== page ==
('Cleveland', 'Fremont'): ((500, 1000), (95, 105, 129)),
                   ('Cleveland', 'Lafayette'): ((500, 1000), (8, 16, 24)),
                   ('Pittsburgh', 'Framingham'): ((1000,), (24, 34)),
                   ('Pittsburgh', 'Detroit'): ((1000,), (14, 24)),
                   ('Pittsburgh', 'Lansing'): ((1000,), (17, 27)),
                   ('Pittsburgh', 'Windsor'): ((1000,), (13, 23)),
                   ('Pittsburgh', 'St.Louis'): ((), (28,)),
                   ('Pittsburgh', 'Fremont'): ((1000,), (99, 140)),
                   ('Pittsburgh', 'Lafayette'): ((), (20,))}


def get_breakpoints(limits, rates, max_val):
    """
    Given the limits, rates and an upper bound, return the breakpoints and function values.
    For example, limits = (500,1000), rates = (1,2,3), maxval = 2000 returns
        breakpoints = (0,500,1000,200), values = (0,500,2000,6000)
    :param limits: Tuple of limits
    :param rates: Tuple of Rates
    :param max_val: An upper limit breakpoint
    :return: Lists of breakpoints and function values at breakpoints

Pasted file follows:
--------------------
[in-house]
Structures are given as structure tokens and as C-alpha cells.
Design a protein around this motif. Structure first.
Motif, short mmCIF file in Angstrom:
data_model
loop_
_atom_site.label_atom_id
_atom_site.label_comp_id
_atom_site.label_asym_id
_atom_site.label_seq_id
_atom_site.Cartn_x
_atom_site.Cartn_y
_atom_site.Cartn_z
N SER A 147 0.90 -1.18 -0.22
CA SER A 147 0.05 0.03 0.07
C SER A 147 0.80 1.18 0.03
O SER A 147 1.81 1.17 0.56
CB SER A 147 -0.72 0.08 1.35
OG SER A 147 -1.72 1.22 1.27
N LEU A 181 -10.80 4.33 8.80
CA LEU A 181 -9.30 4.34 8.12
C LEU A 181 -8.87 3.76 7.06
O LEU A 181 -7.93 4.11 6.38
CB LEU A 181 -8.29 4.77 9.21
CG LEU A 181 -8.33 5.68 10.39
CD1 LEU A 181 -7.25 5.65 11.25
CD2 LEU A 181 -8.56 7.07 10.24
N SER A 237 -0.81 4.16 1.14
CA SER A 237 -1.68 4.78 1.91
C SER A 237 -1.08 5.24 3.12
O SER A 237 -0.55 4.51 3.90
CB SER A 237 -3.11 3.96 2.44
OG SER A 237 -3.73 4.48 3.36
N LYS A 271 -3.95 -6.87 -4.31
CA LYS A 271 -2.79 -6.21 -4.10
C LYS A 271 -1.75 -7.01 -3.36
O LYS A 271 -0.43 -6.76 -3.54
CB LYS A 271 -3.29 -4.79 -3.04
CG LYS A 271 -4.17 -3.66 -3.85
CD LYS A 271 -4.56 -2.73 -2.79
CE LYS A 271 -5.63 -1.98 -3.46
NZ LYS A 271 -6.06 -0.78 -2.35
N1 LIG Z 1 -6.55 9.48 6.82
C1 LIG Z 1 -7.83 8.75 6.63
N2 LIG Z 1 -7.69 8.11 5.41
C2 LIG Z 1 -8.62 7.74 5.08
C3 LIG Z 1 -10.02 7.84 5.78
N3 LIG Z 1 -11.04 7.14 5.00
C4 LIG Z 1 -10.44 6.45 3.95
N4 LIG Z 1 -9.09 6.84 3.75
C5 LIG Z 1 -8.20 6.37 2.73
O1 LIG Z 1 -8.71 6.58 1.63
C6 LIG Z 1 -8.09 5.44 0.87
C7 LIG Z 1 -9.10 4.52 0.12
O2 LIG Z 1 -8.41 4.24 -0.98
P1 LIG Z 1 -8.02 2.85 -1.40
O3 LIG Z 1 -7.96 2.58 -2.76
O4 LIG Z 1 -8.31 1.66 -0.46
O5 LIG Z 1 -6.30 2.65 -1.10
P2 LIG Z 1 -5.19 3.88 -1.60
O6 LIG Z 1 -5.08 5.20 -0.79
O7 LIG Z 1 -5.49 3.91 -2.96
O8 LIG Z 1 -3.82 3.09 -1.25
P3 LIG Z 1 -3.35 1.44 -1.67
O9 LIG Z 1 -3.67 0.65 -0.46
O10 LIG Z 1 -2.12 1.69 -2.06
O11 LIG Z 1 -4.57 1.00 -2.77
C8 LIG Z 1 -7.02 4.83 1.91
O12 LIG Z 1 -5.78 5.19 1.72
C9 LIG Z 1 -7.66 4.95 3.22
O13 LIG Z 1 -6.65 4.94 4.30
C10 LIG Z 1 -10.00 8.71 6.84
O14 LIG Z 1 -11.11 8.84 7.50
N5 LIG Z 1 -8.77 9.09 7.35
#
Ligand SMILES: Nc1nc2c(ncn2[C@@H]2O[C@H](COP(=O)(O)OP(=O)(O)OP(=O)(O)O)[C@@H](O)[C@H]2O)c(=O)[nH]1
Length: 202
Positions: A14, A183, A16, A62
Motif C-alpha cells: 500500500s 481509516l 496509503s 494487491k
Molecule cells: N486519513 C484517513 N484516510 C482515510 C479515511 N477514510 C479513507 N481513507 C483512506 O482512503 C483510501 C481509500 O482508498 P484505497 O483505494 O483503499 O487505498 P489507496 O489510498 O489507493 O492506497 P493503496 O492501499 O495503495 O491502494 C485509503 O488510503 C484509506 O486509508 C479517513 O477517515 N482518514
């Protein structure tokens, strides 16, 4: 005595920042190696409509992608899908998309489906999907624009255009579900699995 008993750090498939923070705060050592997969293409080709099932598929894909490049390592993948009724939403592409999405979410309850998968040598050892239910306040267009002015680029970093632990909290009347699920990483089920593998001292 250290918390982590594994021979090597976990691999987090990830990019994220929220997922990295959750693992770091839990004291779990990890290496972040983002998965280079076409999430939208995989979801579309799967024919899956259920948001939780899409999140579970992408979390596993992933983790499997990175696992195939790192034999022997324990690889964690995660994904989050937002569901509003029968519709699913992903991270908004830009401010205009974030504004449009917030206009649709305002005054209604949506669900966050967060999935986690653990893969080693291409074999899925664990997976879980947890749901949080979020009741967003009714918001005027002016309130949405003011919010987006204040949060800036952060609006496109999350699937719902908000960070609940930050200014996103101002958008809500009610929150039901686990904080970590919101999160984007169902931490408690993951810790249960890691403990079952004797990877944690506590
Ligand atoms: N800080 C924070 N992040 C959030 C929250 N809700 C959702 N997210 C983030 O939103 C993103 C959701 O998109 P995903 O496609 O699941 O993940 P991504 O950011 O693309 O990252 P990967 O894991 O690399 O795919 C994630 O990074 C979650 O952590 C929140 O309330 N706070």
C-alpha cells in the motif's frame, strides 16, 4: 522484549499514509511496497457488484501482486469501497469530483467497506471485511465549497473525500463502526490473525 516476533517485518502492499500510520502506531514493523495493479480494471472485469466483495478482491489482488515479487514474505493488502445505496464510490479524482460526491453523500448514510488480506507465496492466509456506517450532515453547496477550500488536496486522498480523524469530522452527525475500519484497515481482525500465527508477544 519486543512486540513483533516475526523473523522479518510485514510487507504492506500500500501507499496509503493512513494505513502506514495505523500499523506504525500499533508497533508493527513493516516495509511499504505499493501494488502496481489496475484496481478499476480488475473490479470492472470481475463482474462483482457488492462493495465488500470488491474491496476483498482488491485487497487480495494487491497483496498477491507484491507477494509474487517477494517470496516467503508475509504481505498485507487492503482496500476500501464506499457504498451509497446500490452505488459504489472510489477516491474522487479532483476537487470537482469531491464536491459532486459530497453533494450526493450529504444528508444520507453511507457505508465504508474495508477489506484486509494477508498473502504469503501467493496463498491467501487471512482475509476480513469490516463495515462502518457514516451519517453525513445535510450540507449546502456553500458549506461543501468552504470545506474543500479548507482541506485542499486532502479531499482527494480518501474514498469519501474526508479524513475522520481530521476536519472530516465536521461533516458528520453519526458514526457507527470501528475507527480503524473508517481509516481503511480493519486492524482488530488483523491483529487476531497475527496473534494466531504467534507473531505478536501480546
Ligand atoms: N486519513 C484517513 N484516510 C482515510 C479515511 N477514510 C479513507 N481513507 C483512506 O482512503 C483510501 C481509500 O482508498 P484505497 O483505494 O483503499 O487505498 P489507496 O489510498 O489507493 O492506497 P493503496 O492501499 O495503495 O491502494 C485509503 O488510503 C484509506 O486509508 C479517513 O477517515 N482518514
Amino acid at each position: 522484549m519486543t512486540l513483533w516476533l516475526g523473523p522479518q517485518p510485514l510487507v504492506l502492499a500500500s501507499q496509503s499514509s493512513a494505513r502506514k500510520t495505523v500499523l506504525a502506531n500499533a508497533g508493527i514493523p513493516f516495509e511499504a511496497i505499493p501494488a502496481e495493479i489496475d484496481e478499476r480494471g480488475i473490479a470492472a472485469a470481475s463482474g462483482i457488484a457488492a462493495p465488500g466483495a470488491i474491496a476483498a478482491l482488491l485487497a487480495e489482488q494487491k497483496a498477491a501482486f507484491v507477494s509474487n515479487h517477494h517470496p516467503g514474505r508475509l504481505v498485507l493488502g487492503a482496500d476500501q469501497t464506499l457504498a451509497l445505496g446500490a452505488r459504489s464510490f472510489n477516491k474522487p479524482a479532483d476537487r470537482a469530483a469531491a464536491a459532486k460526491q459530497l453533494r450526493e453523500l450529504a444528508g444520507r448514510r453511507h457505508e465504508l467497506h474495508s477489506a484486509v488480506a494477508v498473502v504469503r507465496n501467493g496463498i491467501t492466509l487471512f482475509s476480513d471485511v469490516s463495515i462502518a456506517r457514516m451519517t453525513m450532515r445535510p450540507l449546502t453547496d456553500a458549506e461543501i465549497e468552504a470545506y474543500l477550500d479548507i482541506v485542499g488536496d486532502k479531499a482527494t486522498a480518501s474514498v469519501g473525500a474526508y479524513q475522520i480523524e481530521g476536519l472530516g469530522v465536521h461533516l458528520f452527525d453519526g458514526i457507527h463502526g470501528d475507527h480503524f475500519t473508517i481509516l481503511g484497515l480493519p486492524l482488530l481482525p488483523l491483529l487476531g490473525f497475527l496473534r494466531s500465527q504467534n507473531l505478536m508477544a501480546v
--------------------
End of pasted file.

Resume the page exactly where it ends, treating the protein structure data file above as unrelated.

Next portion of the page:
"""
    assert (len(limits) + 1 == len(rates))
    # Cost to ship 0 units is 0
    xvals = [0]
    yvals = [0]
    # Add the remaining breakpoints and values
    n = len(limits)
    N = range(n)
    for i in N:
        xvals.append(limits[i])
        yvals.append(limits[i] * rates[i])
    xvals.append(max_val)
    yvals.append(max_val * rates[n])
    return xvals, yvals


eps = 1e-6


def get_line(x1, y1, x2, y2):
    """
    :param x1: x-coordinate of the 1st point
    :param y1: y-coordinate of the 2nd point
    :param x2: x-coordinate of the 2nd point
    :param y2: y-coordinate of the 2nd point
    :return: Slope and intercept
    """
    assert (abs(x1 - x2) > eps)
    slope = (y2 - y1) / (x2 - x1)
    intercept = -slope * x1 + y1
    return slope, intercept


def get_pwl_functions(limits, rates, max_val):
    '''
    :param limits: Tuple of limits
    :param rates: Tuple of rates
    :param max_val: An upper limit of demand
    :return: Intervals, slope and intercept of the linear function in the interval
    '''
    xvals, yvals = get_breakpoints(limits, rates, max_val)
    N = range(len(xvals) - 1)
    intervals = []
    functions = []
    for i in N:
        slope, intercept = get_line(xvals[i], yvals[i], xvals[i + 1], yvals[i + 1])